The Pina Bausch Series – Episode #1: Nelken

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This is the story of how Pina Bausch irrupted in my life, turned it upside down and inspired it for ever after.

It’s been 10 years of awesome relationship.

It all started in February 2005. I had been living in London for 3 months, working in an organic grocery that I hated.

I got involved a little with a customer who was an American university professor in his 50s (and a foot fetish but that’s a different story).

He knew my passion for dance as I had recently graduated in contemporary dance myself. One day, he came to the shop and told me that I had to go and see this famous German choreographer whose company was performing at the Sadler’s Wells theatre. I knew her name from my dance history course, but I had a fairly blurred knowledge of her work. The guy really convinced me. I don’t know why I took his advice although I otherwise didn’t have an immense respect for his opinion. This man only entered my life to point me the direction of the TanzTheater Wuppertal and vanished.

After work that day, I queued outside the theatre hours before the show, hoping for a last minute ticket as it was obviously sold out. I had £25 in my pocket. I couldn’t go beyond.

While I was waiting in line, a cab stopped in front on the main entrance and a very thin and pale lady dressed all in black got out. She had a little grin on her face. Someone said: “That’s Pina Bausch!” I saw her in the flesh twice in my life, and that was the first.

As time was passing by, I was renouncing to ever be able to make it to the show that day. Suddenly, someone touched my shoulder: “Are you by yourself?” Of course I was. “One ticket is available. It’s £25.” Bingo. I was holding the precious ticket like Charlie did when he got his toWilly Wonka’s chocolate factory. I still remember the name of the original owner in print on the magical door opener: “Cohen“. Bless you Mr or Mrs Cohen. Your no-show changed the course of my emotional life.

I was one of the last people to get in, and I was still breathless from rushing up the stairs when they turned off the light of the room. The stage was entirely covered  with a field of fresh carnations. Music from the 20s started playing. Women in long shimmering dresses appeared on stage carrying chairs. They put the chairs down and sat on them. Then, nothing. They were sitting still, looking at us with the old music crackling in the background. I got the goosebumps and a rush of tears, just like that. I felt so close to the dancers all of a sudden that I could smell their hairspray from the second circle. I got hit by proper genius just as if I got hit by love at the first sight. My life was taking a turn because someone was finally talking to me.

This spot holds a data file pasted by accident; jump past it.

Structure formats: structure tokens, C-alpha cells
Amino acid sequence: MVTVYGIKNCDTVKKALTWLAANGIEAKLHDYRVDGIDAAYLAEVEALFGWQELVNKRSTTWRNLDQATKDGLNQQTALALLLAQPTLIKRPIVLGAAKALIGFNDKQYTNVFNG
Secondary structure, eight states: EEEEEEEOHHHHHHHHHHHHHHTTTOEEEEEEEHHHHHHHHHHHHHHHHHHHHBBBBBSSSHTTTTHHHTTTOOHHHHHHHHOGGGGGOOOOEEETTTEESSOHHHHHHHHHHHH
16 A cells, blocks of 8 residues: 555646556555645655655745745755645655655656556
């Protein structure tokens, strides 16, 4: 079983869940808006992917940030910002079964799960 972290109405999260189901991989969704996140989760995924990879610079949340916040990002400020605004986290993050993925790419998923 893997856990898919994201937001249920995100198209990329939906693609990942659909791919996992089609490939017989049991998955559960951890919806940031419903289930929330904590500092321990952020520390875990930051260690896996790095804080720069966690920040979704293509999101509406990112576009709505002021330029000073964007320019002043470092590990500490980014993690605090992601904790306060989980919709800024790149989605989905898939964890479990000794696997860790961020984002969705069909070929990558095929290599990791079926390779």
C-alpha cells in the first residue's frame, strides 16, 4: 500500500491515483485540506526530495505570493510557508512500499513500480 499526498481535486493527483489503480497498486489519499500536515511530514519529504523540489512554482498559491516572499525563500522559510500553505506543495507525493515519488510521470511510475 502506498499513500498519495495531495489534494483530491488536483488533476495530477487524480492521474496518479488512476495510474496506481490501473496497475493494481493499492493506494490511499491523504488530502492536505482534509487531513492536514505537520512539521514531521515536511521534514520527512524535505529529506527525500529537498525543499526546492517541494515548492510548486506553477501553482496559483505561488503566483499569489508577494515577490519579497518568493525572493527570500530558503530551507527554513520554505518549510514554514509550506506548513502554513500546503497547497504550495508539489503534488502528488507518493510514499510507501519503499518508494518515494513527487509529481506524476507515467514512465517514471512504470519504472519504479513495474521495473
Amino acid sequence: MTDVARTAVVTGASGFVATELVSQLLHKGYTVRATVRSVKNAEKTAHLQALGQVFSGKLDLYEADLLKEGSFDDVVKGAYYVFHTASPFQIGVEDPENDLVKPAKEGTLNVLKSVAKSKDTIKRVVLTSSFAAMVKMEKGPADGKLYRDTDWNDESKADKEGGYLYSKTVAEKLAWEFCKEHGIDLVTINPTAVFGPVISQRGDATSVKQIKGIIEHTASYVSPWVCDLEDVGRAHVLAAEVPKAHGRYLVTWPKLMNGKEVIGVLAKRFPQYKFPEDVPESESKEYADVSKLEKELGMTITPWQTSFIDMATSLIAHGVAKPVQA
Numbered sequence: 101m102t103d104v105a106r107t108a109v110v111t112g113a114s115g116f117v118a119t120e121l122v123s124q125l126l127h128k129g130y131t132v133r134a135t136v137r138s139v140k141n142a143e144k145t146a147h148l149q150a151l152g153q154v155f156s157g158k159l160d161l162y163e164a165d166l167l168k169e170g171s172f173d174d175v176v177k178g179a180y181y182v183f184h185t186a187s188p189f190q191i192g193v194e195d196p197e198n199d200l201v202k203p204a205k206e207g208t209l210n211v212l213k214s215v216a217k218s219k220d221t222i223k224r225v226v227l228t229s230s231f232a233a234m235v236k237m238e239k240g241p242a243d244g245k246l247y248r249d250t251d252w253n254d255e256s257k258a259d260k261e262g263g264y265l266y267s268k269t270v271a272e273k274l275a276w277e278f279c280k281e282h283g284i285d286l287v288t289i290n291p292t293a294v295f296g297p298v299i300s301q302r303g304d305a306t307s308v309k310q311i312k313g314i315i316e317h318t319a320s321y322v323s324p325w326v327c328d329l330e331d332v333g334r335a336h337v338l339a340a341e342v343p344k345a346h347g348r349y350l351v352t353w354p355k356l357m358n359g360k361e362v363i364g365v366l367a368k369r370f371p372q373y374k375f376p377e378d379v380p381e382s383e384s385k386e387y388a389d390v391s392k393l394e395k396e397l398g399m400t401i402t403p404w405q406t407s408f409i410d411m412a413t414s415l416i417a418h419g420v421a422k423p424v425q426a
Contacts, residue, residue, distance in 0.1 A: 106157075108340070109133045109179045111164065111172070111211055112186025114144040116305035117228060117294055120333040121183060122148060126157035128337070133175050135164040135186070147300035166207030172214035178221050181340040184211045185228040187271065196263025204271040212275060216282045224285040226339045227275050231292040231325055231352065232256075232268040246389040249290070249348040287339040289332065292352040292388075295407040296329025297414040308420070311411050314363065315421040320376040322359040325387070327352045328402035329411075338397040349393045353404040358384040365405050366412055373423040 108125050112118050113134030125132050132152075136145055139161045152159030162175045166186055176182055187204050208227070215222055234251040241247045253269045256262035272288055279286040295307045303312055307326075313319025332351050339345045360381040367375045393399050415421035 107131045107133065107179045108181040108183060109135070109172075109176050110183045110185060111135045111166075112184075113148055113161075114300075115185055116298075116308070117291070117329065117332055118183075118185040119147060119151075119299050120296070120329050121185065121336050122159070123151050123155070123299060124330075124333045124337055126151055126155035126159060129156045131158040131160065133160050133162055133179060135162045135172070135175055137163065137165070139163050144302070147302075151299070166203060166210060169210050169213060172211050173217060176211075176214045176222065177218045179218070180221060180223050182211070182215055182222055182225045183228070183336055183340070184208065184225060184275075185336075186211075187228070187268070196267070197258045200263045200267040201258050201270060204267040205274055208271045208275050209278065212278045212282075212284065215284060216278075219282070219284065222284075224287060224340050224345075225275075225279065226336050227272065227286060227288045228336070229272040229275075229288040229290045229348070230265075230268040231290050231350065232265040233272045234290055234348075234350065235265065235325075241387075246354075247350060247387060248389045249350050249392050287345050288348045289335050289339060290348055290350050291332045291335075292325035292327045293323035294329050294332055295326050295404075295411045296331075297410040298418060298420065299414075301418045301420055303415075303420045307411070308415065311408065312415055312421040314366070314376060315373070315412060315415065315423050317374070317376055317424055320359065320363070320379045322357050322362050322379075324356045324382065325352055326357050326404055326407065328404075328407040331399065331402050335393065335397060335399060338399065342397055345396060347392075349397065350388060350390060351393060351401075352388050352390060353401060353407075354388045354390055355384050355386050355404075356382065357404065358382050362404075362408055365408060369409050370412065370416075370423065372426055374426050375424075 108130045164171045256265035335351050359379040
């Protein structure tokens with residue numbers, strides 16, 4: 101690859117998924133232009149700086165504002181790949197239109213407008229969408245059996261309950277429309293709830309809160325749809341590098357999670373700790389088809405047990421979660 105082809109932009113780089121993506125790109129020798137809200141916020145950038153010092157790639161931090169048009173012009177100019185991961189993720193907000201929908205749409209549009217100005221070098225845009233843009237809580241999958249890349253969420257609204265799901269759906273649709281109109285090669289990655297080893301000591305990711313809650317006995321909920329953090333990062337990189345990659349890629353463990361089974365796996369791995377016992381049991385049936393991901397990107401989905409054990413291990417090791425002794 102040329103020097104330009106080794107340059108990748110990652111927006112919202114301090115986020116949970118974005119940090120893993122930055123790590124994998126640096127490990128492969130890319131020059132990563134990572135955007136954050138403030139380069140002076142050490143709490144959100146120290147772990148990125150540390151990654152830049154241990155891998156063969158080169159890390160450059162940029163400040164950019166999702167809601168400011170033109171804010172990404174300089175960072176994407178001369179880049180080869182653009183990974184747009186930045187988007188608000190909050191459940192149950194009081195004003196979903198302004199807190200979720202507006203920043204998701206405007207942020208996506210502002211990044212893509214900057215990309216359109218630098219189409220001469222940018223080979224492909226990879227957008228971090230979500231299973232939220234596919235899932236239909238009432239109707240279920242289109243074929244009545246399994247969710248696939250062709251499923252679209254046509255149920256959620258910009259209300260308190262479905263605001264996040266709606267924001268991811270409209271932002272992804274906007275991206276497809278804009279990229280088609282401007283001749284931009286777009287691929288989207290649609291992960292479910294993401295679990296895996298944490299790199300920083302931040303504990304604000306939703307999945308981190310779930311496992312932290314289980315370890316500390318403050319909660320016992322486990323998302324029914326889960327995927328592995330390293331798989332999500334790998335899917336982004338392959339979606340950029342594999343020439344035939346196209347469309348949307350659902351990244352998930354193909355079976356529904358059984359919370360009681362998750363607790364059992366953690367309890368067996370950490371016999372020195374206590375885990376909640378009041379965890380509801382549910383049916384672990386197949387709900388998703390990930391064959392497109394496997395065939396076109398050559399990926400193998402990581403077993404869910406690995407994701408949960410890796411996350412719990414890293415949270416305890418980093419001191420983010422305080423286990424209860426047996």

When the giant Lutz Förster performed The Man I Love by Gershwin in sign language (see video below), that was it, Pina had just put a ring on my finger. I never took it off.

It’s been my strongest theatre moment so far – and possibly one of my strongest life moment. I’m not exaggerating. I never want to see that show again because I want to carry my initial memory of it on my death bed.

After that night, I was ecstatic for a few days, life was suddenly wonderful. People around me didn’t quite get my excitement for what they thought was a dance show – solemn and pompous. I kept saying: “You don’t get it guys, you don’t get it, I can’t explain. You have to see.”

I vowed to see a Pina show every February of my life. I’m proud to say that I only missed 2007, 2010 and 2011.

But I compensated by going multiple times other years.

I saw Ahnen on the stage of the Sadler’s Wells last night. That’s the fifteenth piece I’ve seen in ten years. The dancers feel like some kind of family now, I know all their names, I see their evolution. I notice the newcomers. I’ve been in their trail for so long.

I wouldn’t miss for the world my yearly rendez-vous with the TanzTheater Wuppertal and the spirit of Pina.

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The Pina Bausch Series – Episode #3: The Audition

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In 2006, upon my return from Wuppertal, I applied for the entrance exam at the Folkwang Hochschule in Essen – the University of the Arts where Pina was the director of the dance department.

One day, I received a letter in German, which I speak well enough to understand that I was invited to their auditions in July, right before my 23rd birthday.